Other council members were just as critical of those seeking to move the arena. Staten Island Councilman Vincent Ignizio said the economic value of the Garden was too big to risk threatening the Garden and possibly having it leave the city. "What about the $200 million in spending the arena brings to the city each year?" he asked.

The opinions were equally split from the audience. “By approving a 10-year permit with no loophole, the council will send a clear message that the continued location of the Garden over Penn Station should not be permanent,” said Regional Plan Association President Bob Yaro. He likely had no way of knowing this was almost exactly what Ms. Quinn would support a few hours after he spoke.

Mr. Lee, a life-long Knicks fan well-known for antics from his court-side seats, said it was tantamount to New York treason to suggest the Garden be moved—this despite the fact he opened his remarks by saying he fondly remembers going to games as a kid at the old Madison Square Garden on 50th Street. “They own the land, and you’re talking about making them move? Where they gonna go?” Mr. Lee said. He suggested Penn Station should relocate if people did not like where it was.

Absurd, Spike Lee.

Submariner Jun 20, 2013 1:52 AM

I like how he thinks it's easy to move all of those underground rail lines...

Quote:

Originally Posted by NYguy (Post 6170486)
http://www.crainsnewyork.com/article...TATE/130619849

In surprise, Quinn backs mere 10-year extension for Garden
Move by the City Council Speaker came as MSG assembled an all-star cast at a City Council meeting
to oppose a City Planning push for a 15-year extension of the permit MSG wants renewed in perpetuity.



http://www.crainsnewyork.com/apps/pb...creen&maxh=360


By Matt Chaban
June 19, 2013




Absurd, Spike Lee.


Busy Bee Jun 20, 2013 2:19 AM

Yeah I just lost a bit of respect for the guy. As astute as he is on Tyler Perry and the sad state of black cinema, this comment and lack of understanding of the magnitude of Penn's importance just makes him sound like an idiot.

ardecila Jun 20, 2013 2:30 AM

In fairness, I don't think the public really understands the relative cost and difficulty of moving the arena vs. moving the station and approach tunnels.

I'm glad Quinn sees the need for some major urban planning shifts at Penn, but the Knicks/Rangers are beloved institutions that enjoy broad public support, so educating the public on these matters is crucial. The MSG renovation doesn't help things; most fans who attend a game see a modern, comfortable arena with good amenities that is in a convenient location for transit. They don't see an urban planning disaster.

NYguy Jun 20, 2013 5:45 AM

^ But far more people use Penn Station than attend events at MSG (Im not even talking about out of state). I think many people, if they could, would see MSG taken out of Manhattan altogether. With the success of stadiums and arenas outside of Manhattan, they don' t see why it needs to be. And as much business as it brings to the city, you cannot argue it brings more than Penn Station. I can't imagine the city without. As for MSG, we already know the name travels.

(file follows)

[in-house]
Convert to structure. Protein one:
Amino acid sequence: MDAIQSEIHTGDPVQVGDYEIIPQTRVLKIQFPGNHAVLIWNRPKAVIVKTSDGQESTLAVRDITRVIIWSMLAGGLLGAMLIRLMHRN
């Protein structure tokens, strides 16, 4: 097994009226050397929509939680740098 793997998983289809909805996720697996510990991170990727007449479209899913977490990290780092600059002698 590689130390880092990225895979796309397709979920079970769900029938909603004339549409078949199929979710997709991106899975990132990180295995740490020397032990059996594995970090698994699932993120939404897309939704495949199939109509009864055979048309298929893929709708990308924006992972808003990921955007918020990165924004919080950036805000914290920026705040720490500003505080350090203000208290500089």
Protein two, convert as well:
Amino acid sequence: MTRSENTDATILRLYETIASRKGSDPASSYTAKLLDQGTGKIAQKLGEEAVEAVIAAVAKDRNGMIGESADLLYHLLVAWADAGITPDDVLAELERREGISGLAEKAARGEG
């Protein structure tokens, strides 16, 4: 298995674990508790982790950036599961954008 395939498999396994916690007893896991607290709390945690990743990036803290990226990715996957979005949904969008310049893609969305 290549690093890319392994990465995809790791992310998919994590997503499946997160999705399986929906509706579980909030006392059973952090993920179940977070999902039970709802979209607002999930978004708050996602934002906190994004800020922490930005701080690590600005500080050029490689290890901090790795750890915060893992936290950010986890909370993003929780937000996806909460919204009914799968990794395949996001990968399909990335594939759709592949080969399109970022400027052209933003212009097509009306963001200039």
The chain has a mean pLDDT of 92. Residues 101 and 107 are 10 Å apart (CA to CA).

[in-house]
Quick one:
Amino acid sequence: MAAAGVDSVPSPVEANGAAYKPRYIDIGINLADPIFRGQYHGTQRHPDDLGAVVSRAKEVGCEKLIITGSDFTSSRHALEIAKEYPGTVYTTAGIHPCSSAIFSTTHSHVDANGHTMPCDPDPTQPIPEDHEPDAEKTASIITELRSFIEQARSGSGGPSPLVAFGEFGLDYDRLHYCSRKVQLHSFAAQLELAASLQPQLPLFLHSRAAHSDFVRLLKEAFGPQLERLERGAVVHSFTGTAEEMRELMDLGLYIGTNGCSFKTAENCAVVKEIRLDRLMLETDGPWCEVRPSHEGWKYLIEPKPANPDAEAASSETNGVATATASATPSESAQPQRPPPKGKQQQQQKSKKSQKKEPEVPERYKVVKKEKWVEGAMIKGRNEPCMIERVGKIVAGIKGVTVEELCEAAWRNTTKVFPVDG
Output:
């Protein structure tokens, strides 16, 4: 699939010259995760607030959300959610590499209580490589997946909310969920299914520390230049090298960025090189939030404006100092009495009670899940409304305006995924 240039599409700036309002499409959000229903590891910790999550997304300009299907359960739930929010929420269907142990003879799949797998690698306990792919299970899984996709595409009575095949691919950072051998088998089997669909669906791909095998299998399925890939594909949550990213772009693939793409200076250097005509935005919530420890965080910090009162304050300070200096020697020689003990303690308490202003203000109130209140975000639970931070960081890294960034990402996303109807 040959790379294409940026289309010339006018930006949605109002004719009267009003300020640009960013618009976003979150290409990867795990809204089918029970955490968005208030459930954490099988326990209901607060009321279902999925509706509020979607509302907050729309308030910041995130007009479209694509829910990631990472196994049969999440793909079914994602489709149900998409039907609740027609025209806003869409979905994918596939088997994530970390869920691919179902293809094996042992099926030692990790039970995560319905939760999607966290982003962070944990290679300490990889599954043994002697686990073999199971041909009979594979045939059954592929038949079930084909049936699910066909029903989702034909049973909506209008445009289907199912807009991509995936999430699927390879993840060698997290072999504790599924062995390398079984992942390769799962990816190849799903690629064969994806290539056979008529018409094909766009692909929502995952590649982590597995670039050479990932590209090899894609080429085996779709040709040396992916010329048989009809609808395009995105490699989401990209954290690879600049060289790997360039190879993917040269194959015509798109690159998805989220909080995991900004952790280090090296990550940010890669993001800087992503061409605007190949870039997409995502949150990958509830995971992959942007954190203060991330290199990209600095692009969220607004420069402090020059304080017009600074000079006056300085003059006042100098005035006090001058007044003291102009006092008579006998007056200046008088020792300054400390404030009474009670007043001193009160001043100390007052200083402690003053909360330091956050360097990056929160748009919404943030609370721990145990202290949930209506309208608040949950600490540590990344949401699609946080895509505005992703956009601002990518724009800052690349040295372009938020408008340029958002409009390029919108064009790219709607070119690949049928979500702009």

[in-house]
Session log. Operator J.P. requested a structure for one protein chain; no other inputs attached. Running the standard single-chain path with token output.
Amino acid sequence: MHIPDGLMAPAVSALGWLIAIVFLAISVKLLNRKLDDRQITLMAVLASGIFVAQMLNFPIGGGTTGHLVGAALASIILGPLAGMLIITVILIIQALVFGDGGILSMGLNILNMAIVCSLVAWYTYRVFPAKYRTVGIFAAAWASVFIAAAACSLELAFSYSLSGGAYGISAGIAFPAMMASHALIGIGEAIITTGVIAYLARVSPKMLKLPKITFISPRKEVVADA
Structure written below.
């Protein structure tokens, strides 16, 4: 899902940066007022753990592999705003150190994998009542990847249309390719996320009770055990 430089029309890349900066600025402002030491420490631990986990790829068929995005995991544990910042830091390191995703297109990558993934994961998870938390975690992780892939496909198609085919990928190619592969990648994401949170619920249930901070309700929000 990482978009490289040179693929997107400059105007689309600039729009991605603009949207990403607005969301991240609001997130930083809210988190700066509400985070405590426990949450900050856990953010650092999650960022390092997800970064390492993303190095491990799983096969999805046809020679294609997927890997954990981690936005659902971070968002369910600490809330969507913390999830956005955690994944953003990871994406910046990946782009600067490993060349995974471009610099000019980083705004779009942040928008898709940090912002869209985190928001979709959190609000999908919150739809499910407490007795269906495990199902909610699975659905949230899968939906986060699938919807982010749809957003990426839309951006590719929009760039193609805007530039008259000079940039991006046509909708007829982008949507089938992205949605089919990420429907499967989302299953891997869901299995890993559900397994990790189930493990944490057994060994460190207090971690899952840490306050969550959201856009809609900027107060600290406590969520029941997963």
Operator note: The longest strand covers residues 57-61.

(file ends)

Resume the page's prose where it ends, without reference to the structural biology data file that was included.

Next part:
easy as pie Jun 20, 2013 6:14 AM

wow! great! hopefully quinn gets her way and msg starts looking for another spot, some pier along the western waterfront? javits? hell's kitchen? there are loads of sites where it could go, even within a few blocks of the existing arena. great news!

JACKinBeantown Jun 21, 2013 4:39 AM

I agree that Penn Station is far more important than MSG, but engineering possibilities make it easy enough to make a fantastic Penn Station with a new Garden on top. Think "MSG on top of the Astrodome" as far as the necessary engineering goes. It's going to cost gobs of money in any case, so why not really satisfy every need?

k1052 Jun 21, 2013 12:37 PM

Quote:

Originally Posted by JACKinBeantown (Post 6172349)
I agree that Penn Station is far more important than MSG, but engineering possibilities make it easy enough to make a fantastic Penn Station with a new Garden on top. Think "MSG on top of the Astrodome" as far as the necessary engineering goes. It's going to cost gobs of money in any case, so why not really satisfy every need?

There is no good reason why MSG has to sit directly over Penn when it would be just fine a block away in the Farley Annex. Even with a plan in place it would take several years to demo MSG, demo all of Penn above platform level, relocate platforms and tracks, then rebuild the station. MSG can't afford to be homeless for the time this would take.